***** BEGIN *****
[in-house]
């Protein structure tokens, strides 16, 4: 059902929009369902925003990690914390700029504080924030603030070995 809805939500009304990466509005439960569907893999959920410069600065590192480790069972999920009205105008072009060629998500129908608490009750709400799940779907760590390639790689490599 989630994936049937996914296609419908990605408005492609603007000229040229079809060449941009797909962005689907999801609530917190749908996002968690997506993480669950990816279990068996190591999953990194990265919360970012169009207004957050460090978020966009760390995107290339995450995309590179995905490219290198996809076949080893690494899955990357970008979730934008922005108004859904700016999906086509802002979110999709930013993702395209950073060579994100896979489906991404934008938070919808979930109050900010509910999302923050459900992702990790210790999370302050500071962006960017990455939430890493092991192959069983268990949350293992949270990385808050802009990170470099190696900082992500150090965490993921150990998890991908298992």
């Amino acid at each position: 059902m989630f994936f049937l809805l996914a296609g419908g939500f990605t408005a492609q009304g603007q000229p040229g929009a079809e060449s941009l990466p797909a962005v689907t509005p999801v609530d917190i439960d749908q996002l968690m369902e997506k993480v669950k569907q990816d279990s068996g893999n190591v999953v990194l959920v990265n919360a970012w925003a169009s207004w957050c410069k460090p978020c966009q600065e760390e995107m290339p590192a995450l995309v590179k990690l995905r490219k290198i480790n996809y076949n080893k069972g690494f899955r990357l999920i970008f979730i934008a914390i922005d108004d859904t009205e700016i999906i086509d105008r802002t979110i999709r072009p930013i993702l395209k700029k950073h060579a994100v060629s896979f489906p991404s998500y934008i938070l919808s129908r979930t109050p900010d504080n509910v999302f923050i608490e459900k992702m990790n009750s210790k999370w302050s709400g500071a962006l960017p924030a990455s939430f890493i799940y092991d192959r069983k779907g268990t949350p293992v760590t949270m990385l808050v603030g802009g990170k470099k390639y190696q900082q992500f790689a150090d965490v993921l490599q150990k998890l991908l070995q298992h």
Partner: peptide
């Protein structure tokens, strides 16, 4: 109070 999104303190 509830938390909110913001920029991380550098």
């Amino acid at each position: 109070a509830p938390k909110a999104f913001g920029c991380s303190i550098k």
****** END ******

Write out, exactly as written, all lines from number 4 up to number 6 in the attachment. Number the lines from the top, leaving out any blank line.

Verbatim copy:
Partner: peptide
């Protein structure tokens, strides 16, 4: 109070 999104303190 509830938390909110913001920029991380550098």
């Amino acid at each position: 109070a509830p938390k909110a999104f913001g920029c991380s303190i550098k």